The deal is in fact good for Israel's security. A sober analysis of the agreement announced last week confirms this judgment.
When the Iran nuclear deal was reached last week, many around the world hailed it as a breakthrough in Iran's relations with the international community, a diplomatic achievement and a nonproliferation success. But now what?
The Palestinian-Israeli conflict might get an unexpected shot in the arm as a result of the recently concluded Iran nuclear agreement. While the P5+1 talks in Vienna focused only on the issue of Iran's nuclear capability, many are looking for how this agreement will effect regional conflicts.
The United Nations Security Council has scheduled a Monday vote to approve the Iran deal, giving it the force of international law and relegating opposition in the U.S. Congress to a secondary role. It is unclear what wwill happen next. But in many ways the ball game is over for those opposing the agreement.
In the end, if the current agreement goes forward and proves better than expected, Israeli leaders would, I hope, admit they erred and offer suitable apologies. But if it goes worse than advertised, then it will be Israel, plus its Arab neighbors, that will pay the heaviest price.
A violent display of racism by extreme nationalist supporters of storied Israeli football club Beitar Jerusalem coupled with recent Ethiopian Israeli protests against discrimination and the government's handling of the capture of two Israelis by Hamas has moved racist attitudes towards dark-skinned Jews and Israeli Palestinian up the government's agenda.
Time and again, Jews are persecuted and terrorized. Being Jewish myself, I often ponder the purpose of this relentless agony. Some believe that the atrocities of WWII are unimaginable today.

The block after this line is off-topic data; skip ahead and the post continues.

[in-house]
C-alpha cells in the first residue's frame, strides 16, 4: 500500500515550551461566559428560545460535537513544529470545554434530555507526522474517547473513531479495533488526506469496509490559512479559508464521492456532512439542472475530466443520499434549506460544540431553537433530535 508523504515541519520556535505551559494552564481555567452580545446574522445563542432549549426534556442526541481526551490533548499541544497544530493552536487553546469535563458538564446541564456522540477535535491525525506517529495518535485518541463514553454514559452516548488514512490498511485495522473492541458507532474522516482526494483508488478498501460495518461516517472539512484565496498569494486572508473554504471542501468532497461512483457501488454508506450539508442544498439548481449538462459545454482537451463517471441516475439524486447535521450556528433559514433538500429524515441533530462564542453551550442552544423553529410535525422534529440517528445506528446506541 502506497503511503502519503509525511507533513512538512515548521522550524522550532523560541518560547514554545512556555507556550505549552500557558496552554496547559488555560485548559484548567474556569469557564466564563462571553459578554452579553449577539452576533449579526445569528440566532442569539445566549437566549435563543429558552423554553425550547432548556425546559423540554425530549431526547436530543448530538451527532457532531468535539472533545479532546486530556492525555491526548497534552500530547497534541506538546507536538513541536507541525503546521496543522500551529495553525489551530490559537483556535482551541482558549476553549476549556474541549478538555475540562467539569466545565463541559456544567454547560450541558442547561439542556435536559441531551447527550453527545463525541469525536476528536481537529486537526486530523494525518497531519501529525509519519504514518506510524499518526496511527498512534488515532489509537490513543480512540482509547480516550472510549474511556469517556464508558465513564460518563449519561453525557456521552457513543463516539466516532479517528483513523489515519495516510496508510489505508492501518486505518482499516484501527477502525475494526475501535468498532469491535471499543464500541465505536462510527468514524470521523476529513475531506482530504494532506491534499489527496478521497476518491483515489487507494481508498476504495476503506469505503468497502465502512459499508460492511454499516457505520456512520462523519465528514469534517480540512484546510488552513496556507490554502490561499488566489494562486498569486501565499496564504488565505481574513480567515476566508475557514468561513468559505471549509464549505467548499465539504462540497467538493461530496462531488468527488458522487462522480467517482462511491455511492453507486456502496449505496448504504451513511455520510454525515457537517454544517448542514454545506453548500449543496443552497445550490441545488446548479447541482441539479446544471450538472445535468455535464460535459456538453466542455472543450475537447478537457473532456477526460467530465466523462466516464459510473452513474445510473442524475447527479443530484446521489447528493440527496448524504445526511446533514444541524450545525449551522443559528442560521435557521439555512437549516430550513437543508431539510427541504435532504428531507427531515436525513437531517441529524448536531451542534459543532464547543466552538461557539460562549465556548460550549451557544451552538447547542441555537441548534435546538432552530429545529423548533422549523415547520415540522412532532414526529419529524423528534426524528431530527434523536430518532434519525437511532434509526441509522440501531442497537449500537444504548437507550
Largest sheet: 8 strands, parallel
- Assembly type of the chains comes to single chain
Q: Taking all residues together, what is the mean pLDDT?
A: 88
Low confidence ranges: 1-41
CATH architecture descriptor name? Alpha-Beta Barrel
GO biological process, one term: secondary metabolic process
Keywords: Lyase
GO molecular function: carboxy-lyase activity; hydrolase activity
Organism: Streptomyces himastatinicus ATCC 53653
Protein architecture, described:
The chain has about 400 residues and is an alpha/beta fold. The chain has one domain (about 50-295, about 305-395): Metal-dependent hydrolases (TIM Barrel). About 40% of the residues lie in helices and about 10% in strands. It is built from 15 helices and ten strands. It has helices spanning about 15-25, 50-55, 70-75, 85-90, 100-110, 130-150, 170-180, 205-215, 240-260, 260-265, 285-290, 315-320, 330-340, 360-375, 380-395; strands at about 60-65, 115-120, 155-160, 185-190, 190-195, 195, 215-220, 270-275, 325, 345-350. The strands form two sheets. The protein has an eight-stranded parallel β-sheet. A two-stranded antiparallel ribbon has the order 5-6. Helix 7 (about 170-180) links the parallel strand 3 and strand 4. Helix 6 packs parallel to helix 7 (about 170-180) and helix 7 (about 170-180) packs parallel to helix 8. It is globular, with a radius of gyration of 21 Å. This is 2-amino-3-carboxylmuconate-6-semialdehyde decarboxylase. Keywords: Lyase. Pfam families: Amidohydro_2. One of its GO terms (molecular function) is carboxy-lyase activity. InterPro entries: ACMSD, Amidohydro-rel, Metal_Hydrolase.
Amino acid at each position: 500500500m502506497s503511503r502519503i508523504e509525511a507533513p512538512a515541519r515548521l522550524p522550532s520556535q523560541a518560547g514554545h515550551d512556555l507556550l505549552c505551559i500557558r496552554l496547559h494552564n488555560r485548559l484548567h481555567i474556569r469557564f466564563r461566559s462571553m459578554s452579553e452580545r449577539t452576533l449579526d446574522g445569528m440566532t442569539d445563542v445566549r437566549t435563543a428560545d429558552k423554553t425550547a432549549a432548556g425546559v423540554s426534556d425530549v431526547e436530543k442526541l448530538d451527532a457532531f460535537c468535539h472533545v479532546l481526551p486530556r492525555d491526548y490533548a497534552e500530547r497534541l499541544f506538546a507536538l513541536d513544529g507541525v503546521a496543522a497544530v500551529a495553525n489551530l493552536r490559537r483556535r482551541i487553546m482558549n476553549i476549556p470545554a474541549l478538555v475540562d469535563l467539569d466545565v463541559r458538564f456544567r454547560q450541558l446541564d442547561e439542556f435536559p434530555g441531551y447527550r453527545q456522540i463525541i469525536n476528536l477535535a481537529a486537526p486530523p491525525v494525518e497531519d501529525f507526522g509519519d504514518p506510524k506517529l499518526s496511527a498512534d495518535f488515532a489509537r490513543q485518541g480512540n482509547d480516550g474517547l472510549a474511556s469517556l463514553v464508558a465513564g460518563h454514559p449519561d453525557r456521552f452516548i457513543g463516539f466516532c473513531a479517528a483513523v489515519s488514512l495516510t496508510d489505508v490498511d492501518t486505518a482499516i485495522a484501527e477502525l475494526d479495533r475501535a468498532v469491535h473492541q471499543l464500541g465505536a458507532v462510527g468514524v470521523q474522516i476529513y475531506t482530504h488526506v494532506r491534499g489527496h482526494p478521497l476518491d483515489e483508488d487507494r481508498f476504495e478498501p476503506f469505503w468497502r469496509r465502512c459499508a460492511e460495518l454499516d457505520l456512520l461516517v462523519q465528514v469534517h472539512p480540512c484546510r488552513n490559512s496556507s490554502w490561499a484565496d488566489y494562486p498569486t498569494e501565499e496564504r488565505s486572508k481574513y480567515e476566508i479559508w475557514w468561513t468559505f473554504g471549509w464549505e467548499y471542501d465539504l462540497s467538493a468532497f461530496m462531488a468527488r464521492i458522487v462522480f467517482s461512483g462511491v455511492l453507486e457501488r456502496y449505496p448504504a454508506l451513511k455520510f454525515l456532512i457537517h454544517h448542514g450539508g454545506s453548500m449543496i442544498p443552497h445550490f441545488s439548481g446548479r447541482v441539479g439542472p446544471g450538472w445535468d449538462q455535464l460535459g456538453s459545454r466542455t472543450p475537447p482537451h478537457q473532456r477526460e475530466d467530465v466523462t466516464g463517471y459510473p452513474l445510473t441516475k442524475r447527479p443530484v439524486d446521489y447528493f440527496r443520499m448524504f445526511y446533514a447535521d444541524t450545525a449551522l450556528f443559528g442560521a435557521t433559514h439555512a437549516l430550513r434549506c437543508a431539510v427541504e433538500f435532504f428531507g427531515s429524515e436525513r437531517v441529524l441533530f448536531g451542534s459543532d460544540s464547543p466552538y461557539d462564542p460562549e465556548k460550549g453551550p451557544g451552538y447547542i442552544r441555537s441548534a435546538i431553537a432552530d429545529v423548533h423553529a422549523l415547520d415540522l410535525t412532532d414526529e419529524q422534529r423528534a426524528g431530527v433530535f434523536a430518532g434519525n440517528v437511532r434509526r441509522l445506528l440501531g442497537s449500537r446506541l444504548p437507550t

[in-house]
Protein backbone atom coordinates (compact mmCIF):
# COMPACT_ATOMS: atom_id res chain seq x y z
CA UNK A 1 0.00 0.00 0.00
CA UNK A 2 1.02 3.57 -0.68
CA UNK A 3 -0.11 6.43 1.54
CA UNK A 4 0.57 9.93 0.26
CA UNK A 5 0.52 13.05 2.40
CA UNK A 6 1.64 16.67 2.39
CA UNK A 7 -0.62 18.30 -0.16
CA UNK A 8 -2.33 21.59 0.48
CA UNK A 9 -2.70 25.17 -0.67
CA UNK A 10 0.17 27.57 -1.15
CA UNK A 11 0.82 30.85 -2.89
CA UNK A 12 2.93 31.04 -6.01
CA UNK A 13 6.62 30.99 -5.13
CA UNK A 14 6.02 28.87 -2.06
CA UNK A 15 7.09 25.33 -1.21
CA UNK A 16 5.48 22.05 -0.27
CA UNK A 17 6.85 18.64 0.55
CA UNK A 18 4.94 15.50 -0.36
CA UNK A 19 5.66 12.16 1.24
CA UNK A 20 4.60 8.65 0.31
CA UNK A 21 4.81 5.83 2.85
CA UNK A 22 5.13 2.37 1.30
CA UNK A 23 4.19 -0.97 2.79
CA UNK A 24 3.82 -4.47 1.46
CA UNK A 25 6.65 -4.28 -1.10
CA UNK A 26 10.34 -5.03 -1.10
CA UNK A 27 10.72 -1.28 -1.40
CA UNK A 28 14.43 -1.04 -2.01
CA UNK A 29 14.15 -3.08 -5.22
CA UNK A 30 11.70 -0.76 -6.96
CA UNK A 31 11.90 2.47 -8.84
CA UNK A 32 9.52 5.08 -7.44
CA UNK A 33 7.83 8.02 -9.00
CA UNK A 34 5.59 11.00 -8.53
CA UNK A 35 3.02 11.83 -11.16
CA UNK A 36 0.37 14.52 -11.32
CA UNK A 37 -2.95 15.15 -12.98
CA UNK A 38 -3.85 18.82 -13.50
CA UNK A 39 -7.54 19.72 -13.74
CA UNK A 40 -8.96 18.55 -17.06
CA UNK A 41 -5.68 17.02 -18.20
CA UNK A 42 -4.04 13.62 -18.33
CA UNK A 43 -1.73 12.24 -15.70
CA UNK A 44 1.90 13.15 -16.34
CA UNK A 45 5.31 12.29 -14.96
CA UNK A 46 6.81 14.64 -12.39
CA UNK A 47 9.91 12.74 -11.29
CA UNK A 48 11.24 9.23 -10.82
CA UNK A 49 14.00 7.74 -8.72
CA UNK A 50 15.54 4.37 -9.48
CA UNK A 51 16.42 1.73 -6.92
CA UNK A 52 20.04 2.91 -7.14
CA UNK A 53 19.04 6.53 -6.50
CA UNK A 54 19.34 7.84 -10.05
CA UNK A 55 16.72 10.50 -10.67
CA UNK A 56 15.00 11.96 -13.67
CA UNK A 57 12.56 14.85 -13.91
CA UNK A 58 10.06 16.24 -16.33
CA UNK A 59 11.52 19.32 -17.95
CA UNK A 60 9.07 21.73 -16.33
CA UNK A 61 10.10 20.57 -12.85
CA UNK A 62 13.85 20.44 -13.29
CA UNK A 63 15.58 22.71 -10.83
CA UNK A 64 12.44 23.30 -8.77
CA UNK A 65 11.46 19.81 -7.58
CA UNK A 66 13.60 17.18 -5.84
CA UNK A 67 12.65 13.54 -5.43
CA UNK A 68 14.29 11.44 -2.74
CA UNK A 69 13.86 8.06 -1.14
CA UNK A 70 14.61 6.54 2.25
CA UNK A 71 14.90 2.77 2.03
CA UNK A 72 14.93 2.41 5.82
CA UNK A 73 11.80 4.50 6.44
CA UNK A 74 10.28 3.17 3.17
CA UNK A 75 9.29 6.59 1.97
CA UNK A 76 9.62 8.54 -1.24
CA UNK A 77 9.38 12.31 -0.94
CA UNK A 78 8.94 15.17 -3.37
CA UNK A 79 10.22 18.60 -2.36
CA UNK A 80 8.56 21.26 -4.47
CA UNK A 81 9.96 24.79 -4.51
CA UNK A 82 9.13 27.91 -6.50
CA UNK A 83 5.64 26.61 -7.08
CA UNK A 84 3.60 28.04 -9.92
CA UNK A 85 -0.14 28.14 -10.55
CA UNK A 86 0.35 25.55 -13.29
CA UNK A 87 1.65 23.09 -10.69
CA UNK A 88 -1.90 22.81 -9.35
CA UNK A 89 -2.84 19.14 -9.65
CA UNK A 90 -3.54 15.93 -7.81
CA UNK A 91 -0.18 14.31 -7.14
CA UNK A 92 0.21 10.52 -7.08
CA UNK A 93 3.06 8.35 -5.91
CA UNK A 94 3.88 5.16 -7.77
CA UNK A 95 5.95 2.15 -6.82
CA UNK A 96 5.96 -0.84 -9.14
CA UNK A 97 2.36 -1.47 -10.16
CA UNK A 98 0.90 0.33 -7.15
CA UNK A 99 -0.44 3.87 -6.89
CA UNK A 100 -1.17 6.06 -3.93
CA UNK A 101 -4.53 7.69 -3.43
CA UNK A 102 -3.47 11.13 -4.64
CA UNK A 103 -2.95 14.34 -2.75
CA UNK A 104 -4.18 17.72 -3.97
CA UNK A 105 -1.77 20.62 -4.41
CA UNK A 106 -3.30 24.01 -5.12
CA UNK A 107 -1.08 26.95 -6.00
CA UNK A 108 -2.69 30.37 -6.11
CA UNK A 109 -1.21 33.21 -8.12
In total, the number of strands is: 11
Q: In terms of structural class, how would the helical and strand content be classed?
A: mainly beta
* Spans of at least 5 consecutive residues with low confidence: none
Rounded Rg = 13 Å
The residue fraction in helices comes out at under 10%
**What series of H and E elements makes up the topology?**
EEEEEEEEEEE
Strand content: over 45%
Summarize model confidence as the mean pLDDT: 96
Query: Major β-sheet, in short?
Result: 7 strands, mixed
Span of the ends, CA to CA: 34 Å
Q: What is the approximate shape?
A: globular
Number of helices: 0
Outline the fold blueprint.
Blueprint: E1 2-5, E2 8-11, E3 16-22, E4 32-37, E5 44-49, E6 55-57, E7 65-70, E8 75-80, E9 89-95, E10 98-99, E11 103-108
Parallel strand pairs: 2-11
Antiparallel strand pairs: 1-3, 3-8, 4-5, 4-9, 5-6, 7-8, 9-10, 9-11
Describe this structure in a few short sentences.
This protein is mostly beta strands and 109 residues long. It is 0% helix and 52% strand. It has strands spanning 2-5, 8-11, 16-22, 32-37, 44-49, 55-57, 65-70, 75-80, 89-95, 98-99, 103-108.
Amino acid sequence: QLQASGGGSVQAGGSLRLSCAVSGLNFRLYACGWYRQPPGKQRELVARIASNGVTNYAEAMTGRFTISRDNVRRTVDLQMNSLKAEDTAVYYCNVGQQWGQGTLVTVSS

Although the deal will be signed soon, and although it has been described as a good deal by the relevant parties, there exist several crucial ambiguities and unanswered questions about the IAEA's role and the military dimension of Iran's nuclear program.
Israel's prime minister Benjamin "Bibi" Netanyahu declared his intention to throw his yarmulke into the ring as a GOP candidate for President over coffee at Café Yakna in Jerusalem.
Although Jerusalem today is awash in cultural events -- including a light festival, an arts festival in the Musrara neighborhood and the Israel Festival -- there is none as engaging, nor as engaged in the fabric of the city, as the Jerusalem Season of Culture (JSOC).
I am writing you now because you have had a profound impact on my life; because I have listened to, and embraced your music -- which touches my soul in the deepest of ways -- for more years than I can remember.
When Alina Khalaman moved from Kazakhstan to Israel 18 months ago, she never imagined she would find herself learning to become a chef at Tel Aviv's...
Three years ago, the United Nations issued a report predicting that the Gaza Strip would be uninhabitable by 2020. Thanks to Israel's recent attack, this warning appears to have arrived sooner than expected.
One year after the 2014 war that killed more than 2,000 Palestinians and destroyed thousands of houses, people in Gaza are struggling to survive under a crippling blockade.
"The Amnesty reports were just Israeli propaganda, or the best face one could put on the horror Israel inflicted on Gaza."
Let's not kid ourselves. The deal with Iran that President Barack Obama so proudly announced on Tuesday does not prevent the Islamic Republic from becoming a nuclear power. Far from it. The unasked, and unanswered, question in all the predictable hubbub and blather is how much that matters.